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Marvin W. Meyer (1948–2012)

Forfatter af The Gospel of Judas

25+ Værker 4,954 Medlemmer 40 Anmeldelser

Om forfatteren

Marvin Meyer is Griset Professor of Bible and Christian Studies and director of the Albert Schweitzer Institute at Chapman University, Orange, California.

Værker af Marvin W. Meyer

The Gospel of Judas (2006) — Redaktør — 1,013 eksemplarer, 18 anmeldelser
The Gnostic Bible (2003) — Redaktør — 782 eksemplarer, 3 anmeldelser
The Nag Hammadi Scriptures (2007) 707 eksemplarer, 4 anmeldelser
The Secret Teachings of Jesus: Four Gnostic Gospels (1984) 499 eksemplarer, 3 anmeldelser
The Gospel of Thomas: The Hidden Sayings of Jesus (1992) 465 eksemplarer, 6 anmeldelser
The Ancient Mysteries A Sourcebook of Sacred Texts (1987) 381 eksemplarer, 1 anmeldelse
Ancient Christian Magic: Coptic Texts of Ritual Power (1994) 231 eksemplarer, 1 anmeldelse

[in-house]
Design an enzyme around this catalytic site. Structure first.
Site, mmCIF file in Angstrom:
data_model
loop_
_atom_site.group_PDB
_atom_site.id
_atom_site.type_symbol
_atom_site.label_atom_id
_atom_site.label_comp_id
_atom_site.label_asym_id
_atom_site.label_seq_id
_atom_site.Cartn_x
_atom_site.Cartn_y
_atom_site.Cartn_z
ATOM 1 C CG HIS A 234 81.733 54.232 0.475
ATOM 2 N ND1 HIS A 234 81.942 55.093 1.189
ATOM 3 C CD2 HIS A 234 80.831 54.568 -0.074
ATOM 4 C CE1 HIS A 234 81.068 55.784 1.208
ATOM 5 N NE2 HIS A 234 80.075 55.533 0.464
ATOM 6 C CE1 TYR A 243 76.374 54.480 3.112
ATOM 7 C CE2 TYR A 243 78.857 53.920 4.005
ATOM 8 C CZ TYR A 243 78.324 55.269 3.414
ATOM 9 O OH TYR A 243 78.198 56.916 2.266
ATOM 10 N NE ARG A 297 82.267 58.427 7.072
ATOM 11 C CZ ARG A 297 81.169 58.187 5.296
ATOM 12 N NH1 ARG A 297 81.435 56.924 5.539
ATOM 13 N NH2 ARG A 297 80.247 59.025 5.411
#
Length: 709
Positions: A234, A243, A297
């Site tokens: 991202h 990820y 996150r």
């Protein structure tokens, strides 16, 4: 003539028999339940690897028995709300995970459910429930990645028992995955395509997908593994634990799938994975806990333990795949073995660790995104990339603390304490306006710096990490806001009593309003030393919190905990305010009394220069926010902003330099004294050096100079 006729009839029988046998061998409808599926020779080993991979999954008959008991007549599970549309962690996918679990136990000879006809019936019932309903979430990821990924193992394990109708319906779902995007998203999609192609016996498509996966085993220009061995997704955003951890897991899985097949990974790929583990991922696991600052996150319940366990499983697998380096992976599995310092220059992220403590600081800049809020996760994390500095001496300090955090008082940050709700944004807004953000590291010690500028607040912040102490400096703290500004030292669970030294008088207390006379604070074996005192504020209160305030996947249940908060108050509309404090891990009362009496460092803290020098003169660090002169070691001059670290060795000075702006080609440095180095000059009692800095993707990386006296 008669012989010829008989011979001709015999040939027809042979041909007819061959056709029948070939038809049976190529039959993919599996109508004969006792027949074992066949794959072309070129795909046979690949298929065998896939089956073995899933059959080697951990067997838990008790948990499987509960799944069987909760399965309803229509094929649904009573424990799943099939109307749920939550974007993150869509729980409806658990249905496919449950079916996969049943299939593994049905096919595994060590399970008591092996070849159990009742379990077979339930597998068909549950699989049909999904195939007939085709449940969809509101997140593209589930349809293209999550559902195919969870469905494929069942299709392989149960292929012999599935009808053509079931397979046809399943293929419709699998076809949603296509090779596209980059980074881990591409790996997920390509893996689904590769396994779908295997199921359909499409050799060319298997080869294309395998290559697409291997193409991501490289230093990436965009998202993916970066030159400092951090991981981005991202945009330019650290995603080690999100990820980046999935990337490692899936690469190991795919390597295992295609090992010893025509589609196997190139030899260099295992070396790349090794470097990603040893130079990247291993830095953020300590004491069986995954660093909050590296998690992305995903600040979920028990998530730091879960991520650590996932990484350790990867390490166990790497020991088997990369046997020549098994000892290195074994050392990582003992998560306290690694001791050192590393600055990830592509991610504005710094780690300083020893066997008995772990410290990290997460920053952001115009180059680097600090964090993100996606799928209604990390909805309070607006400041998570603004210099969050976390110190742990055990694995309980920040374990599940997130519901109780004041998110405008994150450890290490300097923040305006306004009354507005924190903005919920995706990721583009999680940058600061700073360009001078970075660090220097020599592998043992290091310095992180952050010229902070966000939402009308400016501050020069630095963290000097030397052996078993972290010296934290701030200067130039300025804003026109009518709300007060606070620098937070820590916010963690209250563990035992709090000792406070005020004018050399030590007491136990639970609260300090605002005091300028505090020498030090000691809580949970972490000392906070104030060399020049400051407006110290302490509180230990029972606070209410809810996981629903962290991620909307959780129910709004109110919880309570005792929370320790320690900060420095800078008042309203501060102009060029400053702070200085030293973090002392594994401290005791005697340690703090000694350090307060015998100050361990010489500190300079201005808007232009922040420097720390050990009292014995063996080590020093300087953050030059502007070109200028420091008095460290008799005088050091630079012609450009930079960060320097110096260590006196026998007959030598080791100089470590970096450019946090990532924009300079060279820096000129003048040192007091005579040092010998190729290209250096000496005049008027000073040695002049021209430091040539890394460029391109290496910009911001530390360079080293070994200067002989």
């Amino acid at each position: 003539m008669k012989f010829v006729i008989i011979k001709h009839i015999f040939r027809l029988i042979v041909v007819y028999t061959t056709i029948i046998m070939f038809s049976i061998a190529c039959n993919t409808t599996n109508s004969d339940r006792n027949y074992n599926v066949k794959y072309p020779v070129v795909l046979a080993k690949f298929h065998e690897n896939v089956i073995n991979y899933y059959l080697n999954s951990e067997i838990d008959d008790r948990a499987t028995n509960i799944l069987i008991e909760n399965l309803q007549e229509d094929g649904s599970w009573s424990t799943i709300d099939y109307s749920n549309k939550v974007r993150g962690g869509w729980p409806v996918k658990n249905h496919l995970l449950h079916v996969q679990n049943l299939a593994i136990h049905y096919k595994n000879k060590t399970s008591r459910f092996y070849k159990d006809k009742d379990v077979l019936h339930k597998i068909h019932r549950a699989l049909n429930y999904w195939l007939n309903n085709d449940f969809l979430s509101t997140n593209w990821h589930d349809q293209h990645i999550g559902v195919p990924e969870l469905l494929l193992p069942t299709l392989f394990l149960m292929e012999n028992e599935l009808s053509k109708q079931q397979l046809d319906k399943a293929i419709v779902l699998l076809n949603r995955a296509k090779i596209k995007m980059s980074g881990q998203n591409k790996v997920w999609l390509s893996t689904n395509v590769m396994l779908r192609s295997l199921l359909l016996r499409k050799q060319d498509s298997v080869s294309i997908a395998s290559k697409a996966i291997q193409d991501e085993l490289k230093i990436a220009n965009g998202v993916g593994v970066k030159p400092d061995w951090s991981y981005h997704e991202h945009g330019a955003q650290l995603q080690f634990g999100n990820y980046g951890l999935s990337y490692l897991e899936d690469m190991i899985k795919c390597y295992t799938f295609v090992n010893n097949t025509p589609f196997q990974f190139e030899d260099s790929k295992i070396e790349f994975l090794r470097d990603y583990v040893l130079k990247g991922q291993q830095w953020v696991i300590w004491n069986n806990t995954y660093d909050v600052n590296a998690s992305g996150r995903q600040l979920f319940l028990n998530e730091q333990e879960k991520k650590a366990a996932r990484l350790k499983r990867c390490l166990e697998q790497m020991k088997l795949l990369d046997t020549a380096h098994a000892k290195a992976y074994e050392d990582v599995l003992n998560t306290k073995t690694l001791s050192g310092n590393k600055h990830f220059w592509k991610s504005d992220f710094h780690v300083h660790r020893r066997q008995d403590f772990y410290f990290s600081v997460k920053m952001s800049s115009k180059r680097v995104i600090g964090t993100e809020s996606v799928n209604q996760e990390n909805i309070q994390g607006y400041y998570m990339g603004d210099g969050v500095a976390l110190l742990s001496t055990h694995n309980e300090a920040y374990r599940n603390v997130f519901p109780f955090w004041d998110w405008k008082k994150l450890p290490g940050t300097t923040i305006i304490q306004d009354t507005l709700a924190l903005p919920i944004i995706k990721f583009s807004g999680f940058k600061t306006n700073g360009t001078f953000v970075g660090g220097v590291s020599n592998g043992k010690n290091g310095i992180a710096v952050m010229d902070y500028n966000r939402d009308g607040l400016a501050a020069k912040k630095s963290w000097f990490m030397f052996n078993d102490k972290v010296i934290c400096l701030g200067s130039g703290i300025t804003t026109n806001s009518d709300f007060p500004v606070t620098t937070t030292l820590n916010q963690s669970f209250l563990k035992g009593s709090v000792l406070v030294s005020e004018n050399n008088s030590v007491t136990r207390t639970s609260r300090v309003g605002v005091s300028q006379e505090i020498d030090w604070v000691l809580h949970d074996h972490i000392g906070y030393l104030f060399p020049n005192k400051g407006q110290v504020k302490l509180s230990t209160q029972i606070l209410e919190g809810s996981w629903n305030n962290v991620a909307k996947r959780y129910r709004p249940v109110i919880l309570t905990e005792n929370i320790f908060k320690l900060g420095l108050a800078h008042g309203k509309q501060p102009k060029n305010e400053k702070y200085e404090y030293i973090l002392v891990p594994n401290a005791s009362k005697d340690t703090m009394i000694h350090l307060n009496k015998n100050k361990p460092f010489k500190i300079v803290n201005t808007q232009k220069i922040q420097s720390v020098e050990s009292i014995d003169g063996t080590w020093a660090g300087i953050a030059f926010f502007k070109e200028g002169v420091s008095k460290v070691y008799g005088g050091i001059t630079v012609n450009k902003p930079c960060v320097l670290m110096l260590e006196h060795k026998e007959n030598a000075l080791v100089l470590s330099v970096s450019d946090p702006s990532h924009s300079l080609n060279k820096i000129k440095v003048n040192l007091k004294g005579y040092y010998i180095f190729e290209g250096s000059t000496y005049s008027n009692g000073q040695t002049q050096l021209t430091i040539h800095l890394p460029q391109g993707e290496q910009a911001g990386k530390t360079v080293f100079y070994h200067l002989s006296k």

The Unknown Sayings of Jesus (1998) 60 eksemplarer
Ancient Magic and Ritual Power (1995) — Redaktør — 50 eksemplarer

Associated Works

The Complete Gospels : Annotated Scholars Version (Revised & expanded) (1992) — Bidragyder — 693 eksemplarer, 5 anmeldelser
The Nag Hammadi Library in English, Fourth Revised Edition (1996) — Bidragyder — 570 eksemplarer, 3 anmeldelser
The Historical Jesus in Context (2009) — Bidragyder — 148 eksemplarer, 1 anmeldelse
Images of the Feminine in Gnosticism (Studies in Antiquity & Christianity) (1988) — Bidragyder — 31 eksemplarer, 1 anmeldelse

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Kanonisk navn
Meyer, Marvin
Juridisk navn
Meyer, Marvin
Fødselsdato
1948-04-16
Dødsdag
2012-08-16
Køn
male
Nationalitet
USA
Fødested
Grand Rapids, Michigan, USA
Dødssted
Orange, California, USA
Dødsårsag
melanoma
Bopæl
Orange, California, USA
Uddannelse
Claremont Graduate University (Ph.D | 1979 | Early Christian Studies)
Calvin Theological Seminary (M.Div | 1974 | Theological Studies)
Calvin College (BA | 1970 | Greek)
Erhverv
professor
biblical scholar
Relationer
Meyer, Bonnie (wife)
Organisationer
Chapman University
Jesus Seminar (fellow)
American Academy of Religion